Internet Engineering Task Force (IETF) R. Asati Request for Comments: 5918 Cisco Systems Category: Standards Track I. Minei ISSN: 2070-1721 Juniper Networks B. Thomas August 2010 Label Distribution Protocol (LDP) 'Typed Wildcard' Forward Equivalence Class (FEC) Abstract The Label Distribution Protocol (LDP) specification for the Wildcard Forward Equivalence Class (FEC) element has several limitations. This document addresses those limitations by defining a Typed Wildcard FEC Element and associated procedures. In addition, it defines a new LDP capability to address backward compatibility. Status of This Memo This is an Internet Standards Track document. This document is a product of the Internet Engineering Task Force (IETF). It represents the consensus of the IETF community. It has received public review and has been approved for publication by the Internet Engineering Steering Group (IESG). Further information on Internet Standards is available in Section 2 of RFC 5741. Information about the current status of this document, any errata, and how to provide feedback on it may be obtained at http://www.rfc-editor.org/info/rfc5918.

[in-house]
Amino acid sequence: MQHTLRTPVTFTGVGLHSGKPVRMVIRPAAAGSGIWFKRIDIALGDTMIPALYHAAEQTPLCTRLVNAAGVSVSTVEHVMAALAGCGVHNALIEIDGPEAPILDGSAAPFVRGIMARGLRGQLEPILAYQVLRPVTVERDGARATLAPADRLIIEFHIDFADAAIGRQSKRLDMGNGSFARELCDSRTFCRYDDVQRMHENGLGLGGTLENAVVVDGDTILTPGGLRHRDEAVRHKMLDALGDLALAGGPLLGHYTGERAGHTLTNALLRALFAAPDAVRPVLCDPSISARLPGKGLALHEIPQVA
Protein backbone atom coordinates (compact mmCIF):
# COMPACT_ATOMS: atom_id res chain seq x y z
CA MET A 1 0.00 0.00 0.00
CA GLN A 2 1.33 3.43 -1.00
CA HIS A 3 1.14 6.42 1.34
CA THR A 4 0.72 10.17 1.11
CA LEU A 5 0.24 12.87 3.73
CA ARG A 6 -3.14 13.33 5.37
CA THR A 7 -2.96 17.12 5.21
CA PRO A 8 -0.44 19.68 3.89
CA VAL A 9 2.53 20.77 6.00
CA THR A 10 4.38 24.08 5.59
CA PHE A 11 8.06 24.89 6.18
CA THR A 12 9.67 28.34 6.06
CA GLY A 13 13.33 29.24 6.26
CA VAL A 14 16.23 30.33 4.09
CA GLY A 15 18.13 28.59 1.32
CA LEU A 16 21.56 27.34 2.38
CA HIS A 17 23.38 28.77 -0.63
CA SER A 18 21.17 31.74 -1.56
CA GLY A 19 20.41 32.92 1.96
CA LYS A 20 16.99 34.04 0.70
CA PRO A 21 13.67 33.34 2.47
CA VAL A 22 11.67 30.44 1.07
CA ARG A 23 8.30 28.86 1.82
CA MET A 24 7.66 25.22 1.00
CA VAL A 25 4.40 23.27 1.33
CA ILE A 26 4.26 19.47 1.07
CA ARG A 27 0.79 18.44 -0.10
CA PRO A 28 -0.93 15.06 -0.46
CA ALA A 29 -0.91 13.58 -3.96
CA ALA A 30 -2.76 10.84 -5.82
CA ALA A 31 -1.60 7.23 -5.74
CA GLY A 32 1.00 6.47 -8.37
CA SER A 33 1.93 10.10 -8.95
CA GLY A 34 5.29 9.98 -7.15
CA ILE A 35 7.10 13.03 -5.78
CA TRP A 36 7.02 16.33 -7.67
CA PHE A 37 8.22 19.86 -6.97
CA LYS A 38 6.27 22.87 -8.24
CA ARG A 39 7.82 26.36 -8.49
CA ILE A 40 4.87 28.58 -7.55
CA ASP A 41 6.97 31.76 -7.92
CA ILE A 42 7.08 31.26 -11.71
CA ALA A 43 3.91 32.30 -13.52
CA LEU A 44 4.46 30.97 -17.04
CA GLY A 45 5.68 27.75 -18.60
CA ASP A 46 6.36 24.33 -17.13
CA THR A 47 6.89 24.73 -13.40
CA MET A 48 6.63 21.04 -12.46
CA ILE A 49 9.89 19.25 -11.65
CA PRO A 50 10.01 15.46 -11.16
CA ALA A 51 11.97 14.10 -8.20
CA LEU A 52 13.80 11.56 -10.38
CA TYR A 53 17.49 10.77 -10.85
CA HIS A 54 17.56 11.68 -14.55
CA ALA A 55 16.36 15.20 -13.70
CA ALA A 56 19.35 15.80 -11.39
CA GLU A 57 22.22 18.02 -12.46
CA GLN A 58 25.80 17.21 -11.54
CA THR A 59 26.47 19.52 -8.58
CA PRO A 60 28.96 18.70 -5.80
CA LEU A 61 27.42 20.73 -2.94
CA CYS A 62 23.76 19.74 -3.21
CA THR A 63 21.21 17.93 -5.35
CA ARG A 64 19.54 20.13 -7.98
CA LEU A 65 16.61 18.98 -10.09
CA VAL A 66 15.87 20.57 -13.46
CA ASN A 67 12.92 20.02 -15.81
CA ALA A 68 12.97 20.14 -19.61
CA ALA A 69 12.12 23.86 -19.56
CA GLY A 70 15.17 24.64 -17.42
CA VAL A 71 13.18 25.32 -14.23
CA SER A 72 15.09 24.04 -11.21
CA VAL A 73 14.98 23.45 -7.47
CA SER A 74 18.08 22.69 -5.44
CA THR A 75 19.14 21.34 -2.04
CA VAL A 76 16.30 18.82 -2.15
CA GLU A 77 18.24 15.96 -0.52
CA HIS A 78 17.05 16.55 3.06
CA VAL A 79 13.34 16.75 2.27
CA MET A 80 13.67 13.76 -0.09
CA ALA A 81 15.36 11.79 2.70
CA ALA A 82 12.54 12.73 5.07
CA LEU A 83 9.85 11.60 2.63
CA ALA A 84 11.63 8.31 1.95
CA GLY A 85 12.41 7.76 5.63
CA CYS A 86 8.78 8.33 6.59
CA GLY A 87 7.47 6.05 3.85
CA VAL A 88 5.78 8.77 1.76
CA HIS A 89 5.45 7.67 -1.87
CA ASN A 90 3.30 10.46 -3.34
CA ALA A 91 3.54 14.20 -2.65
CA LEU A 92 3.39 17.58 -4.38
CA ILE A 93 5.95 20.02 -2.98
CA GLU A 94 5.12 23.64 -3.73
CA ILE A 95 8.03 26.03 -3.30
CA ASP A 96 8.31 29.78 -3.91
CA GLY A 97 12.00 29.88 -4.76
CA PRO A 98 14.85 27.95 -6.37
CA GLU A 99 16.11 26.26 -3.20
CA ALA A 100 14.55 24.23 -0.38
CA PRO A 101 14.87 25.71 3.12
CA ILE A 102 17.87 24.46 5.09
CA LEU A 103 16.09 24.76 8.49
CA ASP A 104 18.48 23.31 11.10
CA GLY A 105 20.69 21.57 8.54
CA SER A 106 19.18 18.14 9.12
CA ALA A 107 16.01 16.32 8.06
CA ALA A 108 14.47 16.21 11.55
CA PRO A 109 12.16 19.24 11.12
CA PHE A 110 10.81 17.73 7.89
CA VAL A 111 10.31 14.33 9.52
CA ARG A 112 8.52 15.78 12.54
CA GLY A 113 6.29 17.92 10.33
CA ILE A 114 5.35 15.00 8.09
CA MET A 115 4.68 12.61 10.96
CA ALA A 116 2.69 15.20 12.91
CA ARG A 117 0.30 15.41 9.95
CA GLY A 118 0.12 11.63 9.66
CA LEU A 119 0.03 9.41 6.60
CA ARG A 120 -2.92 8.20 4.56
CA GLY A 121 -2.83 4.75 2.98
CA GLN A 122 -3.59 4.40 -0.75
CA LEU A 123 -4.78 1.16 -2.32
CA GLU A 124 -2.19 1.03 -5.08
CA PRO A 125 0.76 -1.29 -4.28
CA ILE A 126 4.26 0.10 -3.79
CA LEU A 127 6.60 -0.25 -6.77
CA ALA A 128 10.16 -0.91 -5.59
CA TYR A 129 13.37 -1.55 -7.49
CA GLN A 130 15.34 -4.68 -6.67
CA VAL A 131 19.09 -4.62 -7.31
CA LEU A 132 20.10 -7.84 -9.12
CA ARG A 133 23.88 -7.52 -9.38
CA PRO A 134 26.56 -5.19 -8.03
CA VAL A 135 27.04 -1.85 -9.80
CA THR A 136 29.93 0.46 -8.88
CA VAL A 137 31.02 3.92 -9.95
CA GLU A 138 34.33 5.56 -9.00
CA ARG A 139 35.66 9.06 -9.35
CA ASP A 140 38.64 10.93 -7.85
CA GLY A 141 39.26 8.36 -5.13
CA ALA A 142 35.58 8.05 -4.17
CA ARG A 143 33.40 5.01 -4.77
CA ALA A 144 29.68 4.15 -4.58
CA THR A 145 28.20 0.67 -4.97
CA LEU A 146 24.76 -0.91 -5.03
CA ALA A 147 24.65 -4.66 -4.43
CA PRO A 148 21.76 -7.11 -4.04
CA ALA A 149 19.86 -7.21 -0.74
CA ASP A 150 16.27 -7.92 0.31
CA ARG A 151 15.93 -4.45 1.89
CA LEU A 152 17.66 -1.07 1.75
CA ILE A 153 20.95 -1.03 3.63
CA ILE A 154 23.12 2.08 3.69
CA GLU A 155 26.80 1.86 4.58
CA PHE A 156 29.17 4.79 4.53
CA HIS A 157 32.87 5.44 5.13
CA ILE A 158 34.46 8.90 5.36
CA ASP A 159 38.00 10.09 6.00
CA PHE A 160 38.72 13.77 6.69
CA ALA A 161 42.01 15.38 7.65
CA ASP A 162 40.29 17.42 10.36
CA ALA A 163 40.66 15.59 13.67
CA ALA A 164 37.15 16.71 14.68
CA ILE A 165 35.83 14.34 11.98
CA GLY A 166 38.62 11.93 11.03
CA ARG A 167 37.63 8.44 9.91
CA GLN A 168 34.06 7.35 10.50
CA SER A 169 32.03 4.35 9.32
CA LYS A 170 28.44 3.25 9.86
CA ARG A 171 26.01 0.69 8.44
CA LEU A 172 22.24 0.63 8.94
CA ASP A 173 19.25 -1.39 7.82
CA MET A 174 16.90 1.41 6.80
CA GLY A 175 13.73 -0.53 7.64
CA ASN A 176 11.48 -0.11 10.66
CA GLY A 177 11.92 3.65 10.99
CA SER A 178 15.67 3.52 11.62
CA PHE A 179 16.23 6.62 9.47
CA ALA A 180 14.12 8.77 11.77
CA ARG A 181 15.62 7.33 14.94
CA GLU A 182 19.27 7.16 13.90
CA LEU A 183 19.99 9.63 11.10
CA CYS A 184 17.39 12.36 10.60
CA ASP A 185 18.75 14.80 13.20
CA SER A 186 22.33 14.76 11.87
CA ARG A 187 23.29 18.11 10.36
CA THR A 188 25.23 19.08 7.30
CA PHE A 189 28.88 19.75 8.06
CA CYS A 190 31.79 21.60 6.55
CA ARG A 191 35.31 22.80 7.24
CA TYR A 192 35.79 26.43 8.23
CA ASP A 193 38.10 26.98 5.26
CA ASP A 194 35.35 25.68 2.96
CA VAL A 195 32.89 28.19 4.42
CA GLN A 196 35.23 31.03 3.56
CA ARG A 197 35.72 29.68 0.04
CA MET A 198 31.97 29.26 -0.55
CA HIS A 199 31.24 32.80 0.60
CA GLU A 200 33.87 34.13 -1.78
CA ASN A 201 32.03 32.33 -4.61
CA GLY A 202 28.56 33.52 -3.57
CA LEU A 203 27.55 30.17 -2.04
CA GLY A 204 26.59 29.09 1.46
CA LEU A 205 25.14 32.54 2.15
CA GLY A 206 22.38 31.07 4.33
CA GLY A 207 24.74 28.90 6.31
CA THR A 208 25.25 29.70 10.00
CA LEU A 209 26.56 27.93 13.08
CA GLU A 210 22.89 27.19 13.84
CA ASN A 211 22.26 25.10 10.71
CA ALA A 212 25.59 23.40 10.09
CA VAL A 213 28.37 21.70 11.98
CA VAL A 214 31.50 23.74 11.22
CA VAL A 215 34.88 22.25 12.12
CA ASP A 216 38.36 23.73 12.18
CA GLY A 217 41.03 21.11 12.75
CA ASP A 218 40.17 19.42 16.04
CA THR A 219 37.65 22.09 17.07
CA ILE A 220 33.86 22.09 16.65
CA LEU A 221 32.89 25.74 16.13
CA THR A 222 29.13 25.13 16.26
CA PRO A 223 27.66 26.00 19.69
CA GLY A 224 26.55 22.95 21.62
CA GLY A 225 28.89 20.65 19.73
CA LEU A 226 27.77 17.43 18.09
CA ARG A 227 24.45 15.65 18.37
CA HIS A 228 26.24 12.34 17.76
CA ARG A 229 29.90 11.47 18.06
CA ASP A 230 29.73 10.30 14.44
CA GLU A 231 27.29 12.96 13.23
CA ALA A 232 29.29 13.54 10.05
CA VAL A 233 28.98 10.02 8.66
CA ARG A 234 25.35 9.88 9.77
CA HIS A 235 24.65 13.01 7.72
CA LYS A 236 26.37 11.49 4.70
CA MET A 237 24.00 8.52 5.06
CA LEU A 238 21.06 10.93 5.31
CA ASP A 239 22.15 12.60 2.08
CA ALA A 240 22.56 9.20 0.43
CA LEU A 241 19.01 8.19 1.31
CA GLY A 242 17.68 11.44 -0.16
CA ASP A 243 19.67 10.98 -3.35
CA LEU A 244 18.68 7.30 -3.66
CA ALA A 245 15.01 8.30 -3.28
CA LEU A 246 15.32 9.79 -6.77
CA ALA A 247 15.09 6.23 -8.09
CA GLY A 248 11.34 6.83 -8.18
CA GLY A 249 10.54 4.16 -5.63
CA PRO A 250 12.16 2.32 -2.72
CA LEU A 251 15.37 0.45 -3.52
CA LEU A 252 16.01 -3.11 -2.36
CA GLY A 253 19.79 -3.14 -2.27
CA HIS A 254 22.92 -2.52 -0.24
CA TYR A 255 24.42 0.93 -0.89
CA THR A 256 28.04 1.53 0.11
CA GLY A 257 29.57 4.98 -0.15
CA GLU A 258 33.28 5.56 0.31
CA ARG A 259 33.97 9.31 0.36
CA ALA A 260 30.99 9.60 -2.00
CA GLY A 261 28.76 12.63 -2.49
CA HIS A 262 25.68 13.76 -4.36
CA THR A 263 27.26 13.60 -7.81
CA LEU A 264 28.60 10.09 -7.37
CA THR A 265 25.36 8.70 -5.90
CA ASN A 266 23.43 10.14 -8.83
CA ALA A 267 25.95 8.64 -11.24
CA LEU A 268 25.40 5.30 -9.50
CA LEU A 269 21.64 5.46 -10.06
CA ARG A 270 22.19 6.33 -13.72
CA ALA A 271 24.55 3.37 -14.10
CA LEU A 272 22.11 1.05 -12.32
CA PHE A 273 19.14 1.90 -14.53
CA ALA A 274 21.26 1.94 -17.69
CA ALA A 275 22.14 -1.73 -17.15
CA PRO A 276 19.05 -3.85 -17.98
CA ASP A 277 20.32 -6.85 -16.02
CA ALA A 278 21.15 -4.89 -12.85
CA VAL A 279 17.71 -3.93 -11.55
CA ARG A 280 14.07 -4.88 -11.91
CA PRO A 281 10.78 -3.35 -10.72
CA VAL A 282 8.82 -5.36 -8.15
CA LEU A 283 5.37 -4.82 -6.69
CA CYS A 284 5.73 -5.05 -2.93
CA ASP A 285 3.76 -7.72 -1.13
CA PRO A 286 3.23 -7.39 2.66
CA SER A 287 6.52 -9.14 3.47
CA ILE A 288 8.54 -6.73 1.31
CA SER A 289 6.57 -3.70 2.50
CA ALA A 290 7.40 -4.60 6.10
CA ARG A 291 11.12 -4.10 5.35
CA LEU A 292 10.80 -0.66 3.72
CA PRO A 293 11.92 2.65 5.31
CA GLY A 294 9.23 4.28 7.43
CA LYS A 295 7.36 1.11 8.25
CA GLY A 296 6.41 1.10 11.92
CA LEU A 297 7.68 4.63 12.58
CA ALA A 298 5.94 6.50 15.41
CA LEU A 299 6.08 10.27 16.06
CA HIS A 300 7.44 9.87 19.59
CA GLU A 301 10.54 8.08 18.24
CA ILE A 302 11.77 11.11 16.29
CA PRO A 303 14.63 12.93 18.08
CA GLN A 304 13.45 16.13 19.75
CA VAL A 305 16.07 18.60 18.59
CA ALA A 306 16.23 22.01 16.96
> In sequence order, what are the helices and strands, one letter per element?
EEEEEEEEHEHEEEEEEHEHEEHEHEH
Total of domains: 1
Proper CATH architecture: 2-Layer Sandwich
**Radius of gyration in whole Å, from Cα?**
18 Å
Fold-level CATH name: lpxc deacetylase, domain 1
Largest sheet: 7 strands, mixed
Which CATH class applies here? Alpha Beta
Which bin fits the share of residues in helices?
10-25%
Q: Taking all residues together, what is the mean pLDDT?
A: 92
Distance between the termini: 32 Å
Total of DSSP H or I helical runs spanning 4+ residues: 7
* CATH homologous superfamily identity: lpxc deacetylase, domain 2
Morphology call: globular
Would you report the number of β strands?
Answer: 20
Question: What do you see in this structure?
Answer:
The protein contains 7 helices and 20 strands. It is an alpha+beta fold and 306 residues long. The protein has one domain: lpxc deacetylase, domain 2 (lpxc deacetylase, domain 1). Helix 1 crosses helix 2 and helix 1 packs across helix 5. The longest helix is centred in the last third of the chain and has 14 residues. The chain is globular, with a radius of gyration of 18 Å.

Copyright Notice Copyright (c) 2010 IETF Trust and the persons identified as the document authors. All rights reserved. This document is subject to BCP 78 and the IETF Trust's Legal Provisions Relating to IETF Documents (http://trustee.ietf.org/license-info) in effect on the date of publication of this document. Please review these documents carefully, as they describe your rights and restrictions with respect to this document. Code Components extracted from this document must include Simplified BSD License text as described in Section 4.e of the Trust Legal Provisions and are provided without warranty as described in the Simplified BSD License. This document may contain material from IETF Documents or IETF Contributions published or made publicly available before November 10, 2008. The person(s) controlling the copyright in some of this material may not have granted the IETF Trust the right to allow modifications of such material outside the IETF Standards Process. Without obtaining an adequate license from the person(s) controlling the copyright in such materials, this document may not be modified outside the IETF Standards Process, and derivative works of it may not be created outside the IETF Standards Process, except to format it for publication as an RFC or to translate it into languages other than English. Table of Contents 1. Introduction ....................................................3 2. Specification Language ..........................................4 3. The Typed Wildcard FEC Element ..................................4 4. Procedures for the Typed Wildcard FEC Element ...................5 5. Typed Wildcard FEC Capability ...................................6 6. Typed Wildcard FEC Element for Prefix FEC Element ...............7 7. Typed Wildcard FEC Element for Host and Wildcard FEC Elements ...8 8. IANA Considerations .............................................8 9. Security Considerations .........................................8 10. Acknowledgments ................................................9 11. References .....................................................9 11.1. Normative References ......................................9 11.2. Informative References ....................................9